AIMING FOR FUEL EFFICIENCY
Volvo Driver’s Fuel Challenge uses technology to measure care and skill, ultimately rewarding drivers for their efficiency
SKILL, CRAFT, professionalism – not words you often see bandied about in trucking in this day and age.
Australia’s economy may ride on whirling rubber but drivers at the rock face rarely get much in the way of acknowledgement.
However, our standard of living is wholly dependent on the blood, sweat and tears of everyday truck drivers – whether they’re hauling outback road trains, picking up milk from the farm dairy or delivering groceries to an inner city supermarket.
Good news stories involving trucks and the people who drive them are thin on the ground. Volvo Trucks Australia however has been pushing to raise the image of the men and women who keep Australia’s wheels turning.
On the face of it, Volvo’s Driver’s Fuel Challenge (DFC) may seem like a thinly veiled corporate exercise in promoting both its trucks and Dynafleet telematics.
However, it’s one of the few events in this country that acknowledges the skill and dedication of everyday drivers. It also highlights the positive impact good drivers can have on a company’s bottom line.
Victorian DFC finalist Cameron Simpson is the first to admit that he was more than a little surprised to find out he was the most fuel-efficient Volvo driver in the state.
“I don’t muck around,” he confesses with a grin. “I try and get it done and get back home in good time.”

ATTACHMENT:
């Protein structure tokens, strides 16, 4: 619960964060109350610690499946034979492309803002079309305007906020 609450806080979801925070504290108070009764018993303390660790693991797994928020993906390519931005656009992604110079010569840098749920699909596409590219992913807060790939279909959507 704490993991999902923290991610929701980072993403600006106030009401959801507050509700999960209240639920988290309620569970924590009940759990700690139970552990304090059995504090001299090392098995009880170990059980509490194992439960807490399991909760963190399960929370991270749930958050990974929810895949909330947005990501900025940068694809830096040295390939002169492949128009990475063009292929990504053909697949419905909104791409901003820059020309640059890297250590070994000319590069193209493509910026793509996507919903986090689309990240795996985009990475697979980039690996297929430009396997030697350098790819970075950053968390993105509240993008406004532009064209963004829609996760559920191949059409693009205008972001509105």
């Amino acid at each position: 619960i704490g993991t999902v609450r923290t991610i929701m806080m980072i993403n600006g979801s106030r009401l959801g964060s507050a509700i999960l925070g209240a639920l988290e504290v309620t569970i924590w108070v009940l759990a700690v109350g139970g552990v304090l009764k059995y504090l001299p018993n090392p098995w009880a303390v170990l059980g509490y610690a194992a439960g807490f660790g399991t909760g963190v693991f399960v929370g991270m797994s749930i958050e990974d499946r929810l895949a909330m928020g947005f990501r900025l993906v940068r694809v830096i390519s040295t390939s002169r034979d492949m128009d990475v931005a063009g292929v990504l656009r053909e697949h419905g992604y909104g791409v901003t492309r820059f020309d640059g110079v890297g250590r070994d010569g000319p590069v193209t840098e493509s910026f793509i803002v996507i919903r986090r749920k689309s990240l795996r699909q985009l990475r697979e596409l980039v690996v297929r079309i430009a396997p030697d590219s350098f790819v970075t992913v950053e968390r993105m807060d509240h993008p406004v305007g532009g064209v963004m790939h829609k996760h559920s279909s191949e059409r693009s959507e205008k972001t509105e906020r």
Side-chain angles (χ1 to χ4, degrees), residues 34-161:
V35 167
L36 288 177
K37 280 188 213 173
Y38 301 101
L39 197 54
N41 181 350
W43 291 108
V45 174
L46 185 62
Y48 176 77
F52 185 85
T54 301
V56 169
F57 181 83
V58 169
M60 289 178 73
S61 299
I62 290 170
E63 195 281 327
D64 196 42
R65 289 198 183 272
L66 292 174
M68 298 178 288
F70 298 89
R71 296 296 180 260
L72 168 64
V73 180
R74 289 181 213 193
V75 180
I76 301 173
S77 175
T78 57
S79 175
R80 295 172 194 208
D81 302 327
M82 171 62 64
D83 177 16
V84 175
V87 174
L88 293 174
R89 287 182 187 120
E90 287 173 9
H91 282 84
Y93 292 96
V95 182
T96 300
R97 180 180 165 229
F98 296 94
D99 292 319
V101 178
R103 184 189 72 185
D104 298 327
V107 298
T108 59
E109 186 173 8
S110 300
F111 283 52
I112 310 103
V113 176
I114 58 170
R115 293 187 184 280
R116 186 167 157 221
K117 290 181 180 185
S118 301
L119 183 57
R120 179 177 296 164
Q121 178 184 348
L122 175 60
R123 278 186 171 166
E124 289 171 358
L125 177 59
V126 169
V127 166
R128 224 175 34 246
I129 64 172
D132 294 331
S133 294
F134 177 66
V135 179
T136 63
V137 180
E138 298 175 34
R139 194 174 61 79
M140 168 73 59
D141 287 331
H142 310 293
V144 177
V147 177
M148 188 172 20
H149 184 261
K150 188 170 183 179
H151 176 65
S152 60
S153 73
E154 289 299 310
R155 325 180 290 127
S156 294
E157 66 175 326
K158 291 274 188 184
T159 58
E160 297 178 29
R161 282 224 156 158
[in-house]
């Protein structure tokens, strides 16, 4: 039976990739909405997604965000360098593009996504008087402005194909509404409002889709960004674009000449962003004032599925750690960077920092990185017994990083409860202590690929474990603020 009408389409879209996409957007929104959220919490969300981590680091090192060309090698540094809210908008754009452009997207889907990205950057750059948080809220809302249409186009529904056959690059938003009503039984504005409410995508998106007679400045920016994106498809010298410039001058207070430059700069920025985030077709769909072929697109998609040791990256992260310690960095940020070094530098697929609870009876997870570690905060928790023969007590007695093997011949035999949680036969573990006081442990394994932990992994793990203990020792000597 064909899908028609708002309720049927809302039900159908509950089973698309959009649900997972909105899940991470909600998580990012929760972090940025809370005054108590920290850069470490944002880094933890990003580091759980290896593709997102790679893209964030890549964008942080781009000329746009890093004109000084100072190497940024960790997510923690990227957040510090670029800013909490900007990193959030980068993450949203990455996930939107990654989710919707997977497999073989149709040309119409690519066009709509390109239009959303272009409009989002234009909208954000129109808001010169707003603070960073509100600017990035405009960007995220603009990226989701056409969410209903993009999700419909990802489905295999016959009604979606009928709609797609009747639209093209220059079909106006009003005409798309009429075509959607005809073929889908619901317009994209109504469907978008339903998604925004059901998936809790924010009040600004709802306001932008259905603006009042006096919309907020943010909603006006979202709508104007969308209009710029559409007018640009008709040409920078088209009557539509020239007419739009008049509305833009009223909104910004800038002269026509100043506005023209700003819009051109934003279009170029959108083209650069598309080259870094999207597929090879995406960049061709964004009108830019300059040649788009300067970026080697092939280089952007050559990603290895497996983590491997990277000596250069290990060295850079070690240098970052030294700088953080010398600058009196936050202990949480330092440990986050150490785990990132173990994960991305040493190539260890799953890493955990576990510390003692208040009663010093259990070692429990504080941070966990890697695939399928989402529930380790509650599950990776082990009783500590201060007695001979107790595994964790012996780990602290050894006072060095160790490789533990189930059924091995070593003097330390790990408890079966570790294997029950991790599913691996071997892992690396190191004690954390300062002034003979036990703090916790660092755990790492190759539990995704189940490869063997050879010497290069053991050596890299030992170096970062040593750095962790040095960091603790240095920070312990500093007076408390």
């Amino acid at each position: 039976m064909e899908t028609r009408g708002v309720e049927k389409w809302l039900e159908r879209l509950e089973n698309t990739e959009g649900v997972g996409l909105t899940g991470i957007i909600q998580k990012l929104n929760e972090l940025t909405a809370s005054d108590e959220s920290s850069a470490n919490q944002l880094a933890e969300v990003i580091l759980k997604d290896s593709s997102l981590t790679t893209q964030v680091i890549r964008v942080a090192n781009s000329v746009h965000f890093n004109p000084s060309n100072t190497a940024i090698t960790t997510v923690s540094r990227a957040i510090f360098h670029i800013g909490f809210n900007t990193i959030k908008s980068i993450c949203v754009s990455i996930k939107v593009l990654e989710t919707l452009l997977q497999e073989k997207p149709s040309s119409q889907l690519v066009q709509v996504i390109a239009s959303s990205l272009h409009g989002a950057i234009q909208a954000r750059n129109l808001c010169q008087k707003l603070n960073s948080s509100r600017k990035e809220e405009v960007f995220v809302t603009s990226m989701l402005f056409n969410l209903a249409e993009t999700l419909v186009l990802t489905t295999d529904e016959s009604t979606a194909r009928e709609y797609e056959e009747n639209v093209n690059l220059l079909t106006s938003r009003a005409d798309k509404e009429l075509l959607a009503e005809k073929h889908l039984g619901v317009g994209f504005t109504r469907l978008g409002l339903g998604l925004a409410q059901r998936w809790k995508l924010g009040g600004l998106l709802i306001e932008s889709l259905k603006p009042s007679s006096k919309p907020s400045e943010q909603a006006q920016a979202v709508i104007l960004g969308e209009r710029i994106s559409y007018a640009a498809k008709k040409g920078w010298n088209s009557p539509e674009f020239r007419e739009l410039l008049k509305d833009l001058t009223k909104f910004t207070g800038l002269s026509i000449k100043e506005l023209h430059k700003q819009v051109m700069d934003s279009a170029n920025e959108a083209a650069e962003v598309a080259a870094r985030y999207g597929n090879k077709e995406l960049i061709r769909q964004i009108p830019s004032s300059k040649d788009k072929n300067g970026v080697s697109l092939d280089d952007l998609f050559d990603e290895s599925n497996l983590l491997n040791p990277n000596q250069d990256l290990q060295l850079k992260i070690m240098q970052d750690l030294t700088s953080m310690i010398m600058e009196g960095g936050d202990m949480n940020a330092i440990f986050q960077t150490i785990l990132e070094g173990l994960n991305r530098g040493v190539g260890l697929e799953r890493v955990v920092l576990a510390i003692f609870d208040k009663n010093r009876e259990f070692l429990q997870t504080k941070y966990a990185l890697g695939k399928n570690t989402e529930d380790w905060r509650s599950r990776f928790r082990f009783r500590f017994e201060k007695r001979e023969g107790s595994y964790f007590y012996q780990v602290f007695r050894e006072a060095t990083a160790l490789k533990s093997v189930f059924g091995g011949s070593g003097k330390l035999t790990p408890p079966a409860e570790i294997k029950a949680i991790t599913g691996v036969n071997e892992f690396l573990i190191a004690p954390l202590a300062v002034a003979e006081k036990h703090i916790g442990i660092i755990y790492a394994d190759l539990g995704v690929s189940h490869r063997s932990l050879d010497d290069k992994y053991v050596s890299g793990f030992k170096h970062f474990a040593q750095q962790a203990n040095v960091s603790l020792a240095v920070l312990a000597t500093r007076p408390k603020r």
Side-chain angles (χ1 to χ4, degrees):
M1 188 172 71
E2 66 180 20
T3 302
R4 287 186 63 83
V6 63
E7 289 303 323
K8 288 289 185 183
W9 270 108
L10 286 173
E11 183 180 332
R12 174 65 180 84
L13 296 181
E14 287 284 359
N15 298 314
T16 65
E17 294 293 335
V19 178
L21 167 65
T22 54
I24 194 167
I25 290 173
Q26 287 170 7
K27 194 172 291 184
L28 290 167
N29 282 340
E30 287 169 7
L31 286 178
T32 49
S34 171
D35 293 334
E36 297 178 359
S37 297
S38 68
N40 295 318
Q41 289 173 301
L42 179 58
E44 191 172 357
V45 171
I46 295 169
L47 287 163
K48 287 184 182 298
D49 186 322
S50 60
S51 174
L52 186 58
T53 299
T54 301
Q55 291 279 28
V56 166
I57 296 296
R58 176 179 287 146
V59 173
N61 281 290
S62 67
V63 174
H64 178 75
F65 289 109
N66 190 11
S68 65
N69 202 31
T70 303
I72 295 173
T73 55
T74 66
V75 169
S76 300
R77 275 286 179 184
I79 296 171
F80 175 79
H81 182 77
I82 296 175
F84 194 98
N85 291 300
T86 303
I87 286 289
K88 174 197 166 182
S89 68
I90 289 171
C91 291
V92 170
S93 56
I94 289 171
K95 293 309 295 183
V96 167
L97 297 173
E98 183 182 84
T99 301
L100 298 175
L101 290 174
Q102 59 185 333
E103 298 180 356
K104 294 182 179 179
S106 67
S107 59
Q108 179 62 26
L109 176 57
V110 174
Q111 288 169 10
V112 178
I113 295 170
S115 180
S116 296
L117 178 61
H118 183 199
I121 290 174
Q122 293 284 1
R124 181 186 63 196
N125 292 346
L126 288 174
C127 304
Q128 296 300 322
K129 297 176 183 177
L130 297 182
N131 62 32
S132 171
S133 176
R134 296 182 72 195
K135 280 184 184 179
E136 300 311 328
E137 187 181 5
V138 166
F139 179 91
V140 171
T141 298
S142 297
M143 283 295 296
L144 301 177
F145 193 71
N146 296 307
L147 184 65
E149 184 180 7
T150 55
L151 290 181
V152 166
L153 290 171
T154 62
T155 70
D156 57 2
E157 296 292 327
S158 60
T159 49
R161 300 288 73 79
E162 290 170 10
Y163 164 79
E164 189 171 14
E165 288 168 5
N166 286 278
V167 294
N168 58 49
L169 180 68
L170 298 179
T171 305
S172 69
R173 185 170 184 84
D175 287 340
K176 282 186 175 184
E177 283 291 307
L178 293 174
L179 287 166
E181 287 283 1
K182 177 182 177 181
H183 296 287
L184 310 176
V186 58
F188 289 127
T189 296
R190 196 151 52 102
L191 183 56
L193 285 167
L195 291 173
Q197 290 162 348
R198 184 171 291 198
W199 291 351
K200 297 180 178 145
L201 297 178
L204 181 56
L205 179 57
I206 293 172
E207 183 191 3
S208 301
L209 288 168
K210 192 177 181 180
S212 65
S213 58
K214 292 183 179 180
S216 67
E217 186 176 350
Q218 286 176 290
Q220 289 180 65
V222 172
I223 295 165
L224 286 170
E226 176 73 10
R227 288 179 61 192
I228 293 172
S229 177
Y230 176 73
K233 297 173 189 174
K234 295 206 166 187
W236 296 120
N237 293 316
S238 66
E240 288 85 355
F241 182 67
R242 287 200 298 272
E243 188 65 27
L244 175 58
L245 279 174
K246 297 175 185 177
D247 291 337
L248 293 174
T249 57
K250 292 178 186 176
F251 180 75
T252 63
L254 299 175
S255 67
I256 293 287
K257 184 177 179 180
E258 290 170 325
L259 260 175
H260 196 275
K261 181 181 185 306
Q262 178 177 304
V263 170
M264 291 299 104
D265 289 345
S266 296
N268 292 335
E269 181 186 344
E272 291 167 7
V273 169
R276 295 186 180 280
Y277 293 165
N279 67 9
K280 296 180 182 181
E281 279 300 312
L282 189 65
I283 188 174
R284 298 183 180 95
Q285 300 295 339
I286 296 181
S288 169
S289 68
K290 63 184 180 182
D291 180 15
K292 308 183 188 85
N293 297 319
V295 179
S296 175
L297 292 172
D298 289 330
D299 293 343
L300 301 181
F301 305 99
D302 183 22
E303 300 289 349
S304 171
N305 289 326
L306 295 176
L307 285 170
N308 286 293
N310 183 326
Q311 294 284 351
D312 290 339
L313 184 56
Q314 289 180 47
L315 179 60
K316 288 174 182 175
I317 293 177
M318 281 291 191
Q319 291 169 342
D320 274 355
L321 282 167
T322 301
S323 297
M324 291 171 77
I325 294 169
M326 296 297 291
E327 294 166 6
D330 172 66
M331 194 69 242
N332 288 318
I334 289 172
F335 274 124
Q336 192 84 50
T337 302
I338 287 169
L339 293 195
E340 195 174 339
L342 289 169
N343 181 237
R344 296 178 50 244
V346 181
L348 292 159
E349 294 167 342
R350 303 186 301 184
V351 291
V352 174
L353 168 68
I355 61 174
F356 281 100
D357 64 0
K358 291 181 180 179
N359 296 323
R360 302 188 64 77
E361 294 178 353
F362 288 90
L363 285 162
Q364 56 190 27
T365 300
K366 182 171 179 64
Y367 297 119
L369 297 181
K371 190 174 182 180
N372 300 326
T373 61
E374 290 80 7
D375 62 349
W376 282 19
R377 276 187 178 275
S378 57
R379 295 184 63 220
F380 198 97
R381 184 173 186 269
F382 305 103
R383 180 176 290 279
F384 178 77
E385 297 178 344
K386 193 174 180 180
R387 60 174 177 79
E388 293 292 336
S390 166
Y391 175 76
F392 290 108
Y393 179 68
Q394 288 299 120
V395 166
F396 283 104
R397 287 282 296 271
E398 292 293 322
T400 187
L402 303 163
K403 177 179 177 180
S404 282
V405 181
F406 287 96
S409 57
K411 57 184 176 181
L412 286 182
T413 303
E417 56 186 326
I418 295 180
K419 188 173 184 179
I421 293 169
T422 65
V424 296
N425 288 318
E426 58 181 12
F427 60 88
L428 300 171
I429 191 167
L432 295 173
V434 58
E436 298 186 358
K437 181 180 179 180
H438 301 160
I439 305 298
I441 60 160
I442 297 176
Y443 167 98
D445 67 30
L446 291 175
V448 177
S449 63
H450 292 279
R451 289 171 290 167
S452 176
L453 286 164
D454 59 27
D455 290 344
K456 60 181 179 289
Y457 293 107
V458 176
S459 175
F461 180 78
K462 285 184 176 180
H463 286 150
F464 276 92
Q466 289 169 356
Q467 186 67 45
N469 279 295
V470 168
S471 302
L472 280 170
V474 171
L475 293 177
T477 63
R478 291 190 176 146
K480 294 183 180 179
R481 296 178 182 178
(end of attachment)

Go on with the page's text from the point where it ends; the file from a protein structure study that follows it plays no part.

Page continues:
Maybe it’s because Cameron has some skin in the game.
He is, after all, driving for the family business – Alexandra-based fuel retailer Simpson Fuel.
Nestled in the hills north-east of Melbourne, Alexandra is a tight-knit community. For many it’s the gateway to the ski fields in the winter and to Lake Eildon in the summer.
Cameron and his brother Hayden and sister Sarah are the third generation to enter the family business that was founded by their grandparents, Ian and Mary Simpson, back in 1953.
Their father and mother, Gordon and Janine, have been at the helm of the business for many years.
It’s an unassuming business from the outside, a small country servo and a dirt yard out the back. But this belies the scope of what the Simpsons’ business covers.
From farmyards and sawmills to ski fields and retail fuel outlets, the family’s four trucks toil through tight mountain roads and rumble through forests and farms in scorching
summer heat or icy, snow-banked high-country roads.
After the devastating Black Saturday fires in February 2009, Simpson Fuel was instrumental in getting fuel back into burnt out areas, even setting up an unmanned fuel site in the obliterated town of Marysville. Gordon Simpson is also a part of the annual Alexandra Truck Show committee. There’s a definite community spirit that runs through the business.
“We’ve had some customers for well over 30 years,” Cameron says.
The business runs two rigids for farm and bush deliveries as well as a PBS truck and dog and a semi-tanker.
Standing in the warmth of the back office, Gordon even proudly displays some drawings for a PBS A-double tanker, with a Volvo on the front, of course.
According to Volvos’ Dynafleet telematics, Cameron scored 93 out of 100 behind the wheel of the FM540 tanker and quad dog.
That’s no mean feat considering the winding, hilly topography of the area. This truck’s main reason for being is to haul fuel back to the depot from Caltex’s Spotswood terminal.
The route takes in country highway, multi-lane freeway and metropolitan roads. The little FM works hard for its money at a PBS weight of 57.5 tonnes gross.
Cameron is a mechanic by trade; he cut his teeth on automotive work before heading to the Western Australian goldfields to work as a heavy diesel fitter.
“I think being a mechanic by trade helps when it comes to driving,” he says.
More time coasting and utilising cruise control are just some of the keys to saving fuel